A teddy bear is a stuffed toy in the form of a bear. Developed apparently simultaneously by toymakers Morris Michtom in the U.S. and Richard Steiff under his aunt Margarete Steiff's company in Germany in the early 20th century, the teddy bear, named after President Theodore Roosevelt, became a popular children's toy and has been celebrated in story, song, and film.[1]

Bear thought to be made by Morris Michtom, early 1900s; donated to the Smithsonian Museum of Natural History by Theodore Roosevelt's grandson, Kermit Roosevelt Jr., in 1964
A replica Steiff model 55PB displayed at the Steiff-Museum, Giengen, Germany, 2006; no original examples of the 55PB are known to survive

Since the creation of the first teddy bears which sought to imitate the form of real bear cubs, "teddies" have greatly varied in form, style, color, and material. They have become collector's items, with older and rarer teddies appearing at public auctions.[2] Teddy bears are among the most popular gifts for children and are often given to adults to signify affection, congratulations, or sympathy.

HistoryEdit

 
A 1902 political cartoon in The Washington Post spawned the teddy bear name.

The name teddy bear comes from former United States President Theodore Roosevelt, who was often referred to as "Teddy" (though he loathed being referred to as such).[3] The name originated from an incident on a bear hunting trip in Mississippi in November 1902, to which Roosevelt was invited by Mississippi Governor Andrew H. Longino. There were several other hunters competing, and most of them had already killed an animal. A suite of Roosevelt's attendants, led by Holt Collier,[4] cornered, clubbed, and tied an American black bear to a willow tree after a long exhausting chase with hounds. They called Roosevelt to the site and suggested that he shoot it. He refused to shoot the bear himself, deeming this unsportsmanlike, but instructed that the bear be killed to put it out of its misery,[5][6] and it became the topic of a political cartoon by Clifford Berryman in The Washington Post on November 16, 1902.[7][8][9] While the initial cartoon of an adult black bear lassoed by a handler and a disgusted Roosevelt had symbolic overtones, later issues of that and other Berryman cartoons made the bear smaller and cuter.[10]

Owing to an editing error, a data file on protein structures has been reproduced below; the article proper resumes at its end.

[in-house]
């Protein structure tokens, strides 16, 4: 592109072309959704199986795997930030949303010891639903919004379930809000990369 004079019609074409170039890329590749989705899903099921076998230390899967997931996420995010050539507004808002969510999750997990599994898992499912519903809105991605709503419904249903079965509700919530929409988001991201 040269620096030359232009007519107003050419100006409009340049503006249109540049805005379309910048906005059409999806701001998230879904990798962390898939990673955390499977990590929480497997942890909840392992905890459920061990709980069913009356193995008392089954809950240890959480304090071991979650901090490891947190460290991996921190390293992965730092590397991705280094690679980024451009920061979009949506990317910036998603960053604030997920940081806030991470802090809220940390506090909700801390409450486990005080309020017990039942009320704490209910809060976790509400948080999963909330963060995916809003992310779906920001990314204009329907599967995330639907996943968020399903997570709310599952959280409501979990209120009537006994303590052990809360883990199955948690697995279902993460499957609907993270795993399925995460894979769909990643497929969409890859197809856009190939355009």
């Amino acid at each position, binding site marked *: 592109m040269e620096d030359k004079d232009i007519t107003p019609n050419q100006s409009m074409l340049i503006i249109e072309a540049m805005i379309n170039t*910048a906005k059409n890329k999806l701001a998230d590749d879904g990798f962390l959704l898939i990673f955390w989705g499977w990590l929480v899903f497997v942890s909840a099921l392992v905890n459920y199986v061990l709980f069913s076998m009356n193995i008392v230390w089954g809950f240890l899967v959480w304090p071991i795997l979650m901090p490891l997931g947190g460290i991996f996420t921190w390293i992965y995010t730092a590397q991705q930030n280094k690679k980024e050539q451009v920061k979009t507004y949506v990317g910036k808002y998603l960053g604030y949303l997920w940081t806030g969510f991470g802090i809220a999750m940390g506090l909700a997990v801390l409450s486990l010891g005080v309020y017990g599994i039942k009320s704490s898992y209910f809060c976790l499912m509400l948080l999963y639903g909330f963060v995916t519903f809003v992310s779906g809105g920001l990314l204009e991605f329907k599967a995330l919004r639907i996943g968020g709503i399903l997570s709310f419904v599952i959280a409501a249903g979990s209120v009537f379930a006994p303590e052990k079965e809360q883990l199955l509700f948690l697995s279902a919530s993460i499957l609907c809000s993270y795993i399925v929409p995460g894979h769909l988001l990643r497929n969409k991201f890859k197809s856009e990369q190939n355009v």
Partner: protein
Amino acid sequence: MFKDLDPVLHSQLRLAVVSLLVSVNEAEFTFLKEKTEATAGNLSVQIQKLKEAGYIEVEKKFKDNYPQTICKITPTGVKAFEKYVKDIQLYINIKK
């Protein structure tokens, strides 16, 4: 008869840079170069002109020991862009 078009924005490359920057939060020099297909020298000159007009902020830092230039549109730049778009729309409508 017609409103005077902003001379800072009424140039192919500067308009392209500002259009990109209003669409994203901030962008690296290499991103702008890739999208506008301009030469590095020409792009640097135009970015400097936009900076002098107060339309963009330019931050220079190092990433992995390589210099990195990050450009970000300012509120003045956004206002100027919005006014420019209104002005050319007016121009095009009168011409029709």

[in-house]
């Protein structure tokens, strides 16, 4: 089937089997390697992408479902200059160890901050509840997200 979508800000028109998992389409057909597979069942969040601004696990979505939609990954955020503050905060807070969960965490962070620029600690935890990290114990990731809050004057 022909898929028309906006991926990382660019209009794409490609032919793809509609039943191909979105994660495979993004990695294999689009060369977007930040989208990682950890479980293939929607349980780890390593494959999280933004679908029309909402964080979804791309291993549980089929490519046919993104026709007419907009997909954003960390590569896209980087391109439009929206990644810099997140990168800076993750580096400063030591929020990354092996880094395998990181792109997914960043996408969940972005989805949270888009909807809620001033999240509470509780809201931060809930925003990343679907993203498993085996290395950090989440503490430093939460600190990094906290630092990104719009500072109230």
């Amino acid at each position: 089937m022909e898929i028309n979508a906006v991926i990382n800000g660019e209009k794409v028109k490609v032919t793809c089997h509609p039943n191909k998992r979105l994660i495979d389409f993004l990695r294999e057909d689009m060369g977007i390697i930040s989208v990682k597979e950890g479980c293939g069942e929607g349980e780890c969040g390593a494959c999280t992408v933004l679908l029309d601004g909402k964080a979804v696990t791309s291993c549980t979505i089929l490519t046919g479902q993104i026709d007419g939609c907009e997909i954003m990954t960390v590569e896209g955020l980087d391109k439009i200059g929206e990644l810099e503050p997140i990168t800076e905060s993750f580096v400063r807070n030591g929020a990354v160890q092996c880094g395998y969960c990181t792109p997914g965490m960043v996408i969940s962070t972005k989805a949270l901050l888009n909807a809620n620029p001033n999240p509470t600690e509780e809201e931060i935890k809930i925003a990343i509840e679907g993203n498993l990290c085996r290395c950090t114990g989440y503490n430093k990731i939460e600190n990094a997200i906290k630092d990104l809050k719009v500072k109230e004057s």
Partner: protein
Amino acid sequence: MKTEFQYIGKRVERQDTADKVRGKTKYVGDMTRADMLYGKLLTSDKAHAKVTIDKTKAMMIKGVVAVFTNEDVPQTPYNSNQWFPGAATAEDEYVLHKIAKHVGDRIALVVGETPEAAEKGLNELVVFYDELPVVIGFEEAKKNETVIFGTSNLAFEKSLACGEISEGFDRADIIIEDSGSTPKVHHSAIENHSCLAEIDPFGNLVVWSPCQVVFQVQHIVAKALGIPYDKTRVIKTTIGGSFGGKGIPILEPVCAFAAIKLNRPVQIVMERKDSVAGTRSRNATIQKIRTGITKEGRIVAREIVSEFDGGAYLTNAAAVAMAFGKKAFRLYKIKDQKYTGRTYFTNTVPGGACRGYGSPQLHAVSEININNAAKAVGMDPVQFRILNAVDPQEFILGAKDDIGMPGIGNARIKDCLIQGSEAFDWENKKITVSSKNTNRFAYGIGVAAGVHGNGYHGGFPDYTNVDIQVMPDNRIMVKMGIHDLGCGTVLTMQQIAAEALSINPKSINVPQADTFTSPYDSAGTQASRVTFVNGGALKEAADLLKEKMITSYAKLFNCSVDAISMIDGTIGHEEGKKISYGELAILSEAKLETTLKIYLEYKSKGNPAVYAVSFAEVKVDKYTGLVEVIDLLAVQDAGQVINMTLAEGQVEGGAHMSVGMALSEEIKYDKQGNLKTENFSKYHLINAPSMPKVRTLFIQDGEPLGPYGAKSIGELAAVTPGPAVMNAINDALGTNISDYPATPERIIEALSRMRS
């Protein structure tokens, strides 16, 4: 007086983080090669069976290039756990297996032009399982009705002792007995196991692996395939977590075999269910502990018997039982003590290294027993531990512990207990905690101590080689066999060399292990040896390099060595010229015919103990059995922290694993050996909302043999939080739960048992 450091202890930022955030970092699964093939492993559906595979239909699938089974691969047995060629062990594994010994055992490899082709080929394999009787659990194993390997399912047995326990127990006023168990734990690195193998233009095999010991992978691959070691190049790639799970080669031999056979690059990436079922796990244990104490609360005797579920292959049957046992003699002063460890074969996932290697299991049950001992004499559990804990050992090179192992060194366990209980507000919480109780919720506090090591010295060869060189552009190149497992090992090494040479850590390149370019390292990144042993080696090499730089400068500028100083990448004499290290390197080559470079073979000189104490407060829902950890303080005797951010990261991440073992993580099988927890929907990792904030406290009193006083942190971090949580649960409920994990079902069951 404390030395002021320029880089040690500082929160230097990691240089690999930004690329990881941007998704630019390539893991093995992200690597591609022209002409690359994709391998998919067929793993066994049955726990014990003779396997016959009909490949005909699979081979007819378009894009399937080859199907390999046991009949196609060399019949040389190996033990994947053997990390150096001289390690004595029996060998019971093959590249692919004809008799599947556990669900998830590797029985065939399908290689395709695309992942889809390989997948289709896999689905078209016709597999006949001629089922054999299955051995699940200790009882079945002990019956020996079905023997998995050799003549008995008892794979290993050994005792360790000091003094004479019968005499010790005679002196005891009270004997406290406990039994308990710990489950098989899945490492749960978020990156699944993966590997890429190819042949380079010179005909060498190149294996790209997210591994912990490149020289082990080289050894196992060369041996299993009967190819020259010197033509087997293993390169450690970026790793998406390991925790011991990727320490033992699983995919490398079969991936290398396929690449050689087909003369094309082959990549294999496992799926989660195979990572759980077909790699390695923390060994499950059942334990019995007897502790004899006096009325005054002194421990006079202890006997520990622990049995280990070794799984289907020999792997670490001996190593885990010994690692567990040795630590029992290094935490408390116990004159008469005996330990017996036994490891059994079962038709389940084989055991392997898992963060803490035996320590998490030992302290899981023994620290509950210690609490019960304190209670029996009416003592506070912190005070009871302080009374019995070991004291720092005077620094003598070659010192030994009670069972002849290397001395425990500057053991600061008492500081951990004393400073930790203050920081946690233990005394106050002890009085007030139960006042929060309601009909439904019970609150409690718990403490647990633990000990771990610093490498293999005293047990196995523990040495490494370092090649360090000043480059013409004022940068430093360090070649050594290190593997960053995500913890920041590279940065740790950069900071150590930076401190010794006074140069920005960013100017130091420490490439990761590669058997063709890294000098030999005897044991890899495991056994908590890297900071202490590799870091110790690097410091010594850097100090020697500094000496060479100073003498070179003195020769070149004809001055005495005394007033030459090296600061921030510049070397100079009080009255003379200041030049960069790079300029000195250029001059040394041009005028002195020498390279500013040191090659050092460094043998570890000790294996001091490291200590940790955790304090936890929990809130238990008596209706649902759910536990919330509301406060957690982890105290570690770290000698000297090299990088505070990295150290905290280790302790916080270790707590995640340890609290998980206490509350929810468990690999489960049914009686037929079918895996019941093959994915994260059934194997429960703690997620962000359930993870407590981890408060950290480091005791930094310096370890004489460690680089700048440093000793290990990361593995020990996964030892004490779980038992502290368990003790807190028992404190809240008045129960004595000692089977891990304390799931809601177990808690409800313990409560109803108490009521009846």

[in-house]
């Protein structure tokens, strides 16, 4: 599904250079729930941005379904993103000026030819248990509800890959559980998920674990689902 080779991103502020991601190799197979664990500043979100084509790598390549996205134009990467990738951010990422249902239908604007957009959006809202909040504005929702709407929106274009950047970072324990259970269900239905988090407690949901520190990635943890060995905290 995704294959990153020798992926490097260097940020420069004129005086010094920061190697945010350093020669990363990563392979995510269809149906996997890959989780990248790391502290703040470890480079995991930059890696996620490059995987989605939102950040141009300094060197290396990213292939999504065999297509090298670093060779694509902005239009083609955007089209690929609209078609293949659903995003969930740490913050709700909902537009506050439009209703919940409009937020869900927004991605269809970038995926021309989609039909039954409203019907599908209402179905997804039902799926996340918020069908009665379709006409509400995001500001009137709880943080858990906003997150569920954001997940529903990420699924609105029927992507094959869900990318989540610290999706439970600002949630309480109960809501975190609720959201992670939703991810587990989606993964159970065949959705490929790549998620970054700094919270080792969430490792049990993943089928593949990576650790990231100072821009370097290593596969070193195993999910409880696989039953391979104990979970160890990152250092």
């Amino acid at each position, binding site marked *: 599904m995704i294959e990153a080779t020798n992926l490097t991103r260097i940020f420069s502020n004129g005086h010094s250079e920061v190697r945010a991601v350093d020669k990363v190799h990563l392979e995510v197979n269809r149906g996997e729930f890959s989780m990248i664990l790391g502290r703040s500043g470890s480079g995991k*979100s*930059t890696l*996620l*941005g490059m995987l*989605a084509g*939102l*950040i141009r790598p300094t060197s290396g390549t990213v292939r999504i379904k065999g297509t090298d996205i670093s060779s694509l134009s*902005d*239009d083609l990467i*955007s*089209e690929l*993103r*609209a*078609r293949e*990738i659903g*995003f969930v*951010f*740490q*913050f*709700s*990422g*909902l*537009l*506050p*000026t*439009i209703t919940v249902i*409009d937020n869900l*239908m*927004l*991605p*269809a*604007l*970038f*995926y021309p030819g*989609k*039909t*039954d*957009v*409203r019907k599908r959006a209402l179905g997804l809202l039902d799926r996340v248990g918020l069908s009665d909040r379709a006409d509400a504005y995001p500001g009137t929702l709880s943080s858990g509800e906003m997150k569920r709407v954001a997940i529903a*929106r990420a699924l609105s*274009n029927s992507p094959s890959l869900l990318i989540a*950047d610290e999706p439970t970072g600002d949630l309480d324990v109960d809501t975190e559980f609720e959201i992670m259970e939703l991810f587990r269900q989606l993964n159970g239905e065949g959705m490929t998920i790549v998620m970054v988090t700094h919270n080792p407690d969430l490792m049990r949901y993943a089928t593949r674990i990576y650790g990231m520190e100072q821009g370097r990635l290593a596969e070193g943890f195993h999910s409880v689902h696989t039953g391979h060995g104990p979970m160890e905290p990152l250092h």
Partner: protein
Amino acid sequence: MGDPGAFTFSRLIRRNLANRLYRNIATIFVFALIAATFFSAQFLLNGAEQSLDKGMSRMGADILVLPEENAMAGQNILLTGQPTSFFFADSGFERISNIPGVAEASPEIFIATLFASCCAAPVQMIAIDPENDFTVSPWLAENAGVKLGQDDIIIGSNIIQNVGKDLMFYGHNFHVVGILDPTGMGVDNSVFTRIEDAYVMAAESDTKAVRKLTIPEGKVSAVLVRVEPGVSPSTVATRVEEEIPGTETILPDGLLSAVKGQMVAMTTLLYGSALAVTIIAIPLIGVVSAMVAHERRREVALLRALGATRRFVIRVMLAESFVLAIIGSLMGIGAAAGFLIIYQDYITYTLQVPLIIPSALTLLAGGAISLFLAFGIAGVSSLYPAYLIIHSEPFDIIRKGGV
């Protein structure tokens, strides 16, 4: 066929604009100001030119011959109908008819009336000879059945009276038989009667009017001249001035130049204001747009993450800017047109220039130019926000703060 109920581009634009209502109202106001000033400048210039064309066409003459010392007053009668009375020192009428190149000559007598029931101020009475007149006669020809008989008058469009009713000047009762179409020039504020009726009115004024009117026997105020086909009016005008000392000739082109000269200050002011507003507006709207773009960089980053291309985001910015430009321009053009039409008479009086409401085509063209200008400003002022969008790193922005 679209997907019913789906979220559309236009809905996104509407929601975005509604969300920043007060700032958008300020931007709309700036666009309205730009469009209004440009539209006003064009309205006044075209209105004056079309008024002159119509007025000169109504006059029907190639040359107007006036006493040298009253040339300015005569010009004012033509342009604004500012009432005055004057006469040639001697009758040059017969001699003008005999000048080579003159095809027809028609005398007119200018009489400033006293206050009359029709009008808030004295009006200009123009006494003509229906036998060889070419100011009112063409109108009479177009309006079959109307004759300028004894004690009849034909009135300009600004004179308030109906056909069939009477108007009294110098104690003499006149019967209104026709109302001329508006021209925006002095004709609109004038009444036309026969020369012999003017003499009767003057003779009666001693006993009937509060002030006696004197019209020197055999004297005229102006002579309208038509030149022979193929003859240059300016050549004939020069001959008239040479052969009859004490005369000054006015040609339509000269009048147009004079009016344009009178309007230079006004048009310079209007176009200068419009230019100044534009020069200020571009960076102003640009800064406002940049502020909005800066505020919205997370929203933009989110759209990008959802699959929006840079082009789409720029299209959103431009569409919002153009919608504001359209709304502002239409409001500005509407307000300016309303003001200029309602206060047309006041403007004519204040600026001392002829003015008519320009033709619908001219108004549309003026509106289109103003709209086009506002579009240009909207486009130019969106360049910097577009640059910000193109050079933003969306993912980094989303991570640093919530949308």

Morris Michtom saw the drawing of Roosevelt and was inspired to create a teddy bear. He created a tiny soft bear cub and put it in his candy shop window at 404 Tompkins Avenue in Brooklyn with a sign "Teddy's bear." After sending a bear to Roosevelt and receiving permission to use his name, he began to produce them commercially to great demand. The toys were an immediate success and Michtom founded the Ideal Novelty and Toy Co.[6]

A little earlier in 1902 in Germany, the Steiff firm produced a stuffed bear from Richard Steiff's designs. Steiff exhibited the toy at the Leipzig Toy Fair in March 1903, where it was seen by Hermann Berg, a buyer for George Borgfeldt & Company in New York (and the brother of composer Alban Berg).[11] He ordered 3,000 to be sent to the United States.[12] Although Steiff's records show that the bears were produced, they are not recorded as arriving in the U.S., and no example of the type, "55 PB", has ever been seen, leading to the story that the bears were shipwrecked. However, the story is disputed – author Günther Pfeiffer notes that it was only recorded in 1953 and says it is more likely that the 55 PB was not sufficiently durable to survive until the present day.[13] Although Steiff and Michtom were both making teddy bears at around the same time, neither would have known of the other's creation due to poor transatlantic communication.[7]

North American educator Seymour Eaton wrote the children's book series The Roosevelt Bears,[14] while composer John Walter Bratton wrote an instrumental "The Teddy Bears' Picnic", a "characteristic two-step", in 1907, which later had words written to it by lyricist Jimmy Kennedy in 1932.

Early teddy bears were made to look like real bears, with extended snouts and beady eyes. Modern teddy bears tend to have larger eyes and foreheads and smaller noses, babylike features intended to enhance the toy's "cuteness". Some teddy bears are also designed to represent different species, such as polar bears and brown bears, as well as pandas and koalas.